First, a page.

by | Apr 13, 1995 | Detroit Free Press | 0 comments

It was one of those buzzing nights at the Palace, a sellout, lots of “Long time, no see” salutations, people shaking hands in the stands, like a class reunion. Inside the Pistons’ locker room, Joe Dumars, maybe the loneliest man in the building, sat with his thoughts. In a few minutes he was about to guard his oldest NBA nemesis, Michael Jordan, an enemy he thought he’d seen the last of two years ago, when the guy retired. “Good riddance,” Dumars had thought then. How many pounds of sweat had he lost over the years keeping Jordan mortal? Back when King Air was still stoppable by a single defender, it was Dumars who did it best.

“He’s the toughest,” Jordan always admitted. Had they been gunfighters, Joe would have been Wyatt Earp, the low-key sheriff in charge of keeping the town safe from dunks and slams. Those were hot, intense nights for the Pistons and Bulls, when the crowd hung on every basket and the Eastern Conference title hung in the balance and Jordan and Dumars dripped all over each other, maybe the best guard battle in the NBA.

That was a long time ago. The Pistons are a losing team now. Two stars who’d led the championship years, Isiah Thomas and Bill Laimbeer, were sitting

in the stands Wednesday night, wearing suits, and another, Vinnie Johnson, does play-by-play at the radio table. Yet Dumars was still there, in his old No. 4 uniform, and suddenly, here was Jordan again, like some Wild West ghost, busting down the saloon doors and saying “Guess who’s back in town?”

And Dumars instinctively rose to do battle, never needing to look up.

“Did you look at the game film?” he was asked before the game.

“No need,” he said. “I’ve seen that picture before.” They’ve always been friendly

Although Dumars and Jordan have always been friendly, the two did not talk before taking the court Wednesday night. Jordan, a baseball player the last few seasons, is intent on proving he hasn’t lost a thing. He isn’t about to go sentimental now.

So they came out, and the whistle blew and the ball went up and they were back at it, Jordan backing in, pounding the ball, Dumars bent at the hip, plugging the dam, his eyes locked on Michael’s hands. There were moments where Joe won the battle, stopping His Airness from going baseline, or poking the ball just before Jordan made a great pass. But there were far more moments when Jordan did the success dance — whirling in a three-pointer, racing across the lane for a lefty lay-up, spinning away from the basket on the baseline, losing Joe for a split second, then firing as he leapt. Swish.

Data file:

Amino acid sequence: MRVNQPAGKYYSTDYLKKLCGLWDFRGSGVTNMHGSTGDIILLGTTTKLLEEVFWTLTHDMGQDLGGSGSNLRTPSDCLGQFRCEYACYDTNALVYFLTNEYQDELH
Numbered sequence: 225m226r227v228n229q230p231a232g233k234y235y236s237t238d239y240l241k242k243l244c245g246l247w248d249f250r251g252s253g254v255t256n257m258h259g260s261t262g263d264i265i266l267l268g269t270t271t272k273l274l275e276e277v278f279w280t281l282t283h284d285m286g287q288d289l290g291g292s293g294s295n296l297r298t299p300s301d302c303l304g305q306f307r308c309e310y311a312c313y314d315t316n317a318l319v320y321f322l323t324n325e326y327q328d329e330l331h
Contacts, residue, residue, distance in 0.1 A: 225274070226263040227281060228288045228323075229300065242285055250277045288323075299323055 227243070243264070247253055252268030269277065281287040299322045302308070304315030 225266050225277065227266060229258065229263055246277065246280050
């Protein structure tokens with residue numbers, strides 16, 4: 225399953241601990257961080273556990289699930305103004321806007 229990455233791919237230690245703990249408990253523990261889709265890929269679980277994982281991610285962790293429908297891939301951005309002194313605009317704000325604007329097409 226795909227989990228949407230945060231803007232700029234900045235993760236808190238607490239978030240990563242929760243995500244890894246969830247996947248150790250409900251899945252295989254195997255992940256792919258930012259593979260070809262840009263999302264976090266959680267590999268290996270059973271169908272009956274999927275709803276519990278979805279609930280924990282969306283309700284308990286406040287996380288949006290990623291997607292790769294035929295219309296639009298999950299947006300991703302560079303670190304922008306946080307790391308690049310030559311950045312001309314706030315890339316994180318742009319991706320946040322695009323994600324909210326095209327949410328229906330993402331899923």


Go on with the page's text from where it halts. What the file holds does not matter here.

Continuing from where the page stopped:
“I think his release has actually gotten quicker,” Don Chaney, the Pistons coach, would marvel after the game.

Or perhaps it’s just that Jordan is playing his 12th game in the last two years and guys like Dumars are playing their 157th, not counting exhibitions. Everything is fresher, the arms, the legs, the brain. So Jordan looks like he’s flying over statues.

Still, Dumars — playing mostly point guard now with two groin pulls — did his battle. He showed no frustration, only concentration even after the most audacious Jordan exploits.

“The thing you learn about guarding Michael is to relax,” he said. “You have to expect some incredible plays. You can’t get uptight when he makes one. You have to say to yourself, ‘I was expecting a 720-degree dunk. That was only a 360. OK. Let’s go now.’ “

The Pistons trailed, but were still in it with a few minutes left. And then Jordan spun and fired a deadeye 16- footer from the right corner, over Joe, his 29th point of the night, and Chicago was up nine and smiling, and the fans headed for the exits. No Bulls would die tonight.

Jordan took a seat. Jordan: ‘It was good to see him’

“How did it feel going against Dumars again?” Jordan, mobbed by reporters, was asked in the victorious locker room.

“It’s always great to go against Joe,” he said. “He’s got so many tricks that I forgot about. He’s a tough defender, and I knew every minute I played, he’d be playing on me.

“In a way, I wish he could be on a stronger team. He’s going through all the rebuilding and all, but he’s keeping good spirits, and he’s playing hard.

“It was good to see him.”

The Bulls are 9-3 since Jordan returned. They are now a serious threat for the conference title, maybe the whole banana, the NBA crown. Jordan’s return
— to old teammates like Scottie Pippen and B.J. Armstrong and an improved Will Perdue, makes that possible.

Down the hall, Dumars walked slowly, a towel wrapped around him. He passed Oliver Miller, Rafael Addison and Negele Knight, guys who have no recollection of what Pistons-Bulls used to mean. He is the last of the Mohicans, alone around the campfire.

“You know what was weird?” he had said before the game, “With Michael coming back, I wanted to turn to someone and say, ‘Remember the time he did this or that against us’ . . . but there’s nobody here who remembers.”

So much of basketball is talent, and so much more is timing. The Pistons had their years. The Bulls, thanks largely to Jordan, may have a few more. When Wednesday’s game ended — Bulls 124, Pistons 113 — Dumars lowered his head and jogged towards the tunnel.

Waiting for him was Michael Jordan, his hand held high.

Dumars slapped it, the two nodded, and kept going. You needed history to appreciate that moment. But then, what history often teaches is that nothing stays the same.


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